Minnesota author William Kent Krueger’s acclaimed mysteries have three things in common: location, location and location. Peruse his titles. He’s taken readers to “Manitou Canyon,” “Thunder Bay” and “Copper River,” all situated in the rugged realism of the North Woods, where private investigator Cork O’Connor has faced more than his share of trouble.
Krueger has also given us titles that drop a pin in the heart of the novel’s spiritual metaphor, like “Purgatory Ridge,” “Mercy Falls” and “Heaven’s Keep.” His latest title, “Sulfur Springs,” falls in the latter category: Sulfur Springs stinks of evil.
A small town in Arizona, it’s a scorching, desolate place where “predators” prey on “innocents,” where a “snaking byway” leads through Paradiso toward a “dark ugly scar” of a wall curving along the border with Mexico. Krueger may be mapping new territory in “Sulfur Springs,” but he’s still creating prime literary real estate.
The plot opens in familiar place for Cork — a missing person’s case. When Cork’s new wife, Rainy, gets a terrifying phone call from her son Peter, an ex-Marine and a recovering addict, she and Cork head to Arizona to find him. Cork’s good at tracking the lost and the missing, but in Arizona Cork’s alienation is as palpable as the desert heat. Peter has been keeping secrets from Rainy, and, it turns out, she’s been keeping her own “lethal” secrets from Cork. Less than two days into the search, the investigation explodes in a ball of fire. Secrets can be tinder.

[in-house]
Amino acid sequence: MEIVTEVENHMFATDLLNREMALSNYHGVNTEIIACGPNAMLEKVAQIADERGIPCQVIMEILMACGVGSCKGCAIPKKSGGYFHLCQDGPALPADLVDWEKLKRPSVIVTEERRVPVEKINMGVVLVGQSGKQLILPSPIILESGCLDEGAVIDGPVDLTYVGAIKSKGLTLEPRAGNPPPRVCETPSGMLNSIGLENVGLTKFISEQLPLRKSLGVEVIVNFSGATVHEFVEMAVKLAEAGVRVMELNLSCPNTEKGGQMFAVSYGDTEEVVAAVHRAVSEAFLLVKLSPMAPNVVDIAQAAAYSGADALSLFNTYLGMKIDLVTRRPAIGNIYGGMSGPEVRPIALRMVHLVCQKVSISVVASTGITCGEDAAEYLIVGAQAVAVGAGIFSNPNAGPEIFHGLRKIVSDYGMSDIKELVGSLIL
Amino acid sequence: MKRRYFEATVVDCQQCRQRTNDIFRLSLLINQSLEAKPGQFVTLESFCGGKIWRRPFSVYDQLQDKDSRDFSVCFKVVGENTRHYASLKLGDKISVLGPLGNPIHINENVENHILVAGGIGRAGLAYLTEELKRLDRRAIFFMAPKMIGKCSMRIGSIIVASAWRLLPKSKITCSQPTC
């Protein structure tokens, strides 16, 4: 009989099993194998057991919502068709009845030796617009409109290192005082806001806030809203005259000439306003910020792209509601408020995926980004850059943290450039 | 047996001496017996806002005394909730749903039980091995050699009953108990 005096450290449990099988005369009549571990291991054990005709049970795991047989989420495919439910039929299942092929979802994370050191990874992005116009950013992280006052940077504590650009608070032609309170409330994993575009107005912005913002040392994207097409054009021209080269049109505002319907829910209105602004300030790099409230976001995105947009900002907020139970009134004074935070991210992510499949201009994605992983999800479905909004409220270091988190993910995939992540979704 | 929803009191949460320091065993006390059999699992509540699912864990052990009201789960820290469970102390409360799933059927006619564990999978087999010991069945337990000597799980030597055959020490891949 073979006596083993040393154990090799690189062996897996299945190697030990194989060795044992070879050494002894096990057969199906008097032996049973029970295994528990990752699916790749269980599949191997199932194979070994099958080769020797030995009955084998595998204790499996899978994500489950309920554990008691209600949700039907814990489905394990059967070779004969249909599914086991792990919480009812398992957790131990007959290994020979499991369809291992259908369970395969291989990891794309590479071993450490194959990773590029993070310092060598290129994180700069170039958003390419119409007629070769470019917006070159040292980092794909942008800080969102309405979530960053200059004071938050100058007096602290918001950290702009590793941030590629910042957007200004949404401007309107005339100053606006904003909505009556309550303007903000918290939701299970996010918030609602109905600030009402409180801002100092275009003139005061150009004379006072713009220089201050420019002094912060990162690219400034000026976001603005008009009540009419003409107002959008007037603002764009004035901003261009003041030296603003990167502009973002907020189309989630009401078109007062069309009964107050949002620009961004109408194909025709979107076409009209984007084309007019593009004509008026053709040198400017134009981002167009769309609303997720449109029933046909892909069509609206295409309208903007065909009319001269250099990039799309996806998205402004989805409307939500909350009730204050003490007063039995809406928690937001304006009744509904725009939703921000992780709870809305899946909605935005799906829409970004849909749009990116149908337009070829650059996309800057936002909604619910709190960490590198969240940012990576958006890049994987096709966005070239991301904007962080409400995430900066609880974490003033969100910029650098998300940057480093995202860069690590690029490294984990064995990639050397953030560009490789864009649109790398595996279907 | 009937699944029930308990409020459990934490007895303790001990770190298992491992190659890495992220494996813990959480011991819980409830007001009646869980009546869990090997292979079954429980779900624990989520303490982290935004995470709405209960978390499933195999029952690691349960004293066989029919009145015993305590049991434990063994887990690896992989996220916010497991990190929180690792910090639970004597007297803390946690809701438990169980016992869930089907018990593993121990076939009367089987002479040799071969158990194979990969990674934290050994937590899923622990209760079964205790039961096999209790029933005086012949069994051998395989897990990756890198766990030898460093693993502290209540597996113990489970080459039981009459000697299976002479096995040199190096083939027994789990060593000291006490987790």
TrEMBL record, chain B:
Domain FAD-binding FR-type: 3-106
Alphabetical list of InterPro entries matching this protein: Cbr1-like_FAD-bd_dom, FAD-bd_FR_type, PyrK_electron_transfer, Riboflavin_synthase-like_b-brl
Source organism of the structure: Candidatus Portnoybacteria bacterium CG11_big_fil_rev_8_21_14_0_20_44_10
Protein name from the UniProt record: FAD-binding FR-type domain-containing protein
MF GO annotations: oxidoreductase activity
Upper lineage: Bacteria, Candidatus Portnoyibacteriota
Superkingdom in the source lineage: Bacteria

Cork knows Rainy is shielding her past from him, but like the “long thorns or short prickles” of the native vegetation “whose barbed ends … drive you crazy trying to get them out of your skin,” he stands with Rainy and digs deeper until their personal investigation becomes a righteous one.
At first, Cork finds it difficult to navigate in Sulfur Springs, a “feudal system” where no one operates without the blessings of the families at the top, and things get worse when he uncovers Peter’s involvement in a dangerous network of “angels,” vigilantes, drug cartels and rogue Border Patrol agents. As bodies pile up, Cork sets an uneasy course through the violence, until he finally understands that this desert ground between mountain ranges “was not unlike the North Woods of Minnesota,” growing “the kind of life that could thrive in that soil and that climate.”
“Sulfur Springs” is a blistering Wild West mystery about the “weight of history” and how an unforgiving landscape can create ruthless people. But that need not be the case. Sometimes compassion can trump greed, and a “laugh” can be “exactly the sound a heart needs to hear.”
Carole E. Barrowman is a writer and a professor at Alverno College in Milwaukee.